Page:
Lawmakers are trying to figure out how which roads, homes, hotels and businesses should be set back farther from the ocean and which ones should be protected from rising seas, increasing floods and other impacts.
House Bill 549, introduced by Rep. Nicole Lowen and 15 fellow House members, would require new developments to plan for the impacts of projected sea level rise and prohibit development in areas significantly affected.
The measure, which cleared the chamber unanimously, highlights the inadequacies of the current coastal zone management policies and regulations with respect to the protection of beaches. It would work to strengthen efforts to conserve beaches while also reducing shorefront communities’ exposure to hazard.
House Bill 1487, which also passed unanimously, creates a shoreline pilot project to develop a plan to protect urban Honolulu from the acute impacts of climate change. It’s about flood-proofing the urban core.
It underscores how a direct hit from a hurricane — severe storms are increasing in frequency due to climate change — could cost an estimated $40 billion in damage to Hawaii’s infrastructure and economy.
The bill, introduced by Rep. Lowen and Rep. Chris Lee, calls on the climate commission to plan for protection of low-lying areas between the Honolulu airport and Diamond Head. “Protection compartments” along that stretch would include flood-protection zones, a continuous shoreline path that could be used for emergencies, and steps to make each area self-reliant if it became isolated.
A separate measure that would have directed the climate commission to determine areas in each county to designate for either armoring or managed retreat died last month, but elements of it are still alive in other bills.
Senate Bill 644 had cleared its first hurdle, with Sens. Kai Kahele and Mike Gabbard moving it through their Agriculture and Environment and Water and Land committees. The committees found it “imperative” for the Legislature to start implementing the climate commission’s recommendations from the sea-level rise report, which include planning and funding coastal adaptations to sea-level rise now to avoid crises in the next decade.
In a joint committee report, Kahele and Gabbard said identification and determination of shoreline armoring and retreat should be prioritized.
Lawmakers are moving on another coastal matter backed by the climate commission.
A couple bills would require some form of mandatory disclosure when selling coastal property that is vulnerable to sea level rise exposure areas as designated by the Climate Commission.
Senate Bill 1126 and Senate Bill 1340 crossed over to the House, which did not move forward with its version of the measure.
“These bills are critically important for complementing our adaptation effort,” Lemmo said.
One of the broader policy bills that’s moving forward this session is Dela Cruz’s Senate Bill 393, which amends the Coastal Zone Management Act.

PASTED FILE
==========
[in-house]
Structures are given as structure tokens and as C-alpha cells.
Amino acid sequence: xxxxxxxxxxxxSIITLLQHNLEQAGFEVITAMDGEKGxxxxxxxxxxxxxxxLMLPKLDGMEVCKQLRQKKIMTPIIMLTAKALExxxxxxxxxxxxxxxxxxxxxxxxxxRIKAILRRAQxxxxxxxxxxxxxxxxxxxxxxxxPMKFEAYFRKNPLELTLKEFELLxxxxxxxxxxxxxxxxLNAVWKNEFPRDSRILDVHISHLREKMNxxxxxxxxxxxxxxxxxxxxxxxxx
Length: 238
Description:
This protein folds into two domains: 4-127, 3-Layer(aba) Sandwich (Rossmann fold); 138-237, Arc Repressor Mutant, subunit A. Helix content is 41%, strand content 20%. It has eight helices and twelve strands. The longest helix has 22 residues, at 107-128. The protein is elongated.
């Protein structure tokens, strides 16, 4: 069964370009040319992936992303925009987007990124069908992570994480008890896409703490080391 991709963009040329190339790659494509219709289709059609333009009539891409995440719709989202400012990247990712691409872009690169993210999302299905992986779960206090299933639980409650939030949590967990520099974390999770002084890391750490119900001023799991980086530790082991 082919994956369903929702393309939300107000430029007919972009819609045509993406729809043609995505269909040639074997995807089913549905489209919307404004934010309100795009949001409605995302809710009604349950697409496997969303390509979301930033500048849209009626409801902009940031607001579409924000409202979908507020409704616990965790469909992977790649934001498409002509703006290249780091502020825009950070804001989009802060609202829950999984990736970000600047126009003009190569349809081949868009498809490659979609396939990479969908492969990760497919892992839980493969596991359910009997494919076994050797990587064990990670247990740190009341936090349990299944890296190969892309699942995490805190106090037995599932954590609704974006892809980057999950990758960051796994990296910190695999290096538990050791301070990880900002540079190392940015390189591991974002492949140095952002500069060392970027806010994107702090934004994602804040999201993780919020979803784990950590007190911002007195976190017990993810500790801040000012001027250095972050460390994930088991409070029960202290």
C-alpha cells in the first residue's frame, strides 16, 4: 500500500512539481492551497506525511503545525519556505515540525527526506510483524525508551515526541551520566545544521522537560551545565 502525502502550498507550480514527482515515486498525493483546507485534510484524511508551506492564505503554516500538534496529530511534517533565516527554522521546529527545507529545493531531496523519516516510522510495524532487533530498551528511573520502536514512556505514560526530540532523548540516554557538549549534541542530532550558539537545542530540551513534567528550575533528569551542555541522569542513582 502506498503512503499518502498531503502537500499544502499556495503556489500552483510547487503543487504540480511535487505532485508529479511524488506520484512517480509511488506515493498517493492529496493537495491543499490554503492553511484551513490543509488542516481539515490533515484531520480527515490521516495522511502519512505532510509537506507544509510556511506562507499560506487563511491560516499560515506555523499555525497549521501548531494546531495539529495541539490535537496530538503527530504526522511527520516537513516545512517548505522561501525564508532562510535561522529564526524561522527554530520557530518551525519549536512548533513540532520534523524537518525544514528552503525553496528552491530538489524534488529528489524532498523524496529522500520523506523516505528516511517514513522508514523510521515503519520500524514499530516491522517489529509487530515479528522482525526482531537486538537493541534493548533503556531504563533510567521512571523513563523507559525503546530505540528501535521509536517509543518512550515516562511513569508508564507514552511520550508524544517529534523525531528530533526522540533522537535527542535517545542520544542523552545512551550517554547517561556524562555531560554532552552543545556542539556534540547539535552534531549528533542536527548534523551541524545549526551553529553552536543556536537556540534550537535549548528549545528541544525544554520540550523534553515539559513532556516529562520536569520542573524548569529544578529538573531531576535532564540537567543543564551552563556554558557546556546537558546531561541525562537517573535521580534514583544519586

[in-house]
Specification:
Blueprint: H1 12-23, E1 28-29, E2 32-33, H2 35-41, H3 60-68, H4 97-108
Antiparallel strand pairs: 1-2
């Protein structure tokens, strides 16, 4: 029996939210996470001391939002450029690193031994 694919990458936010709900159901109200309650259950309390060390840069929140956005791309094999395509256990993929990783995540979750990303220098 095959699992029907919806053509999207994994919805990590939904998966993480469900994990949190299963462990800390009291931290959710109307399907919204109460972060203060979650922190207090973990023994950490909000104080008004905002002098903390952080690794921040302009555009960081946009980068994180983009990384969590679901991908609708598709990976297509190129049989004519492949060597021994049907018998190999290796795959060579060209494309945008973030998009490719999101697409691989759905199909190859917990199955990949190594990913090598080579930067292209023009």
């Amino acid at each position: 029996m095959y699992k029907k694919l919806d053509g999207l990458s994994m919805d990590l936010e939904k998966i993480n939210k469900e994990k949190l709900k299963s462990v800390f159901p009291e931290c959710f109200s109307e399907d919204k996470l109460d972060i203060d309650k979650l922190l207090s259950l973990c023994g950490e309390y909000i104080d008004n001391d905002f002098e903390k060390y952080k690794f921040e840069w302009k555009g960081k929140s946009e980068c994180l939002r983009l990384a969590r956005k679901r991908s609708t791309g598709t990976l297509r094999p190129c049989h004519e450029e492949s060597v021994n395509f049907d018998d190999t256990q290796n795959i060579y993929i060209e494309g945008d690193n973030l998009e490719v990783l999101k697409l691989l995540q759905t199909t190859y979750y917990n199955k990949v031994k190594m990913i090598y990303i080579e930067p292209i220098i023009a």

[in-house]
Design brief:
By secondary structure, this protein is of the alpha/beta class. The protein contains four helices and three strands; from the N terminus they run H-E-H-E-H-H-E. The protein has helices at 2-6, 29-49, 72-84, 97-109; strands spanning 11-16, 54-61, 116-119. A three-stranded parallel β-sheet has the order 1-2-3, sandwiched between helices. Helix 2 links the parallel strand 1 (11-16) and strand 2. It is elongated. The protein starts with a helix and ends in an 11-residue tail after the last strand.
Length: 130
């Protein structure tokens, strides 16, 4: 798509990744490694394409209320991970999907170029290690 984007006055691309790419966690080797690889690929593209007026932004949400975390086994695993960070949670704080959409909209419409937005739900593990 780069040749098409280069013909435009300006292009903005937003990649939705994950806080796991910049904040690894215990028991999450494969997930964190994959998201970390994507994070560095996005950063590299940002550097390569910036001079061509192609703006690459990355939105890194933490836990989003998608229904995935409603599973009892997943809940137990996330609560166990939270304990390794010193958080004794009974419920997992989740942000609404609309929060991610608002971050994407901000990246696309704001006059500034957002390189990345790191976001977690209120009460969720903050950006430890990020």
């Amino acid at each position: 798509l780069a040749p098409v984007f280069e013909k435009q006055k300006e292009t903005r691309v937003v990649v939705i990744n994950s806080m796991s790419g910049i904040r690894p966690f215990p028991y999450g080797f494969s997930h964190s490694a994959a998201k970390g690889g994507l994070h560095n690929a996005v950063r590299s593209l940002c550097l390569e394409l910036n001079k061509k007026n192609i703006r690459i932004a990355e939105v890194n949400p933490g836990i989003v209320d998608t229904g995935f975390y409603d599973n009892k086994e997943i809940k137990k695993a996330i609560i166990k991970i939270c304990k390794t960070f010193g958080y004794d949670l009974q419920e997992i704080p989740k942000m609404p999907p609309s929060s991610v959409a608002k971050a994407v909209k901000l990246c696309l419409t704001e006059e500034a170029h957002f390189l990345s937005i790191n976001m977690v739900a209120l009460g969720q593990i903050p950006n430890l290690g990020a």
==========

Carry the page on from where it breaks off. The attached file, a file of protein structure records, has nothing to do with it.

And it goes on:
Lemmo said he particularly likes how it identifies sea level rise now as one of the coastal hazards that must be considered.
He said it also amends language regarding shoreline armoring to improve protection of sandy beaches by putting the onus on the regulatory agency and the applicants to prove that what they are proposing will not have negative consequences.
Another bill that could have broad implications is also still alive. House Bill 461 directs the climate commission to prioritize infrastructure and identify vulnerable roads, bridges and other properties based on exposure to sea level rise. It also calls for funding the climate coordinator position.
“I’m sort of pleasantly surprised at this point with respect to what I see in play still,” Lemmo said. “I’m also pleasantly surprised that they have taken our amendments and have incorporated many of them into the measures.”
Lawmakers are also looking at climate change from an organizational standpoint. House Bill 1586 would create a new Department of the Environment, incorporating the Office of Environmental Quality Control (now under the Department of Health) and state energy office (now under the Department of Business, Economic Development and Tourism).
Another Senate Bill SB1054 SD2 Requires the State and counties to incorporate predictions of sea level rise and other climate change hazards and mitigation opportunities into applicable plans, strategies, and mapping. Requires the Public Utilities Commission, and any public utility regulated by the Public Utilities Commission, to consider the findings in the Hawaii Sea Level Rise Vulnerability and Adaptation Report. Encourages each county to participate in the community rating system developed by the National Flood Insurance Program. Effective 7/1/2050. (SD2)
It is currently going through the House of Representatives and passed a first hearing.
We will continue to post updates as relevant bills pass Legislature.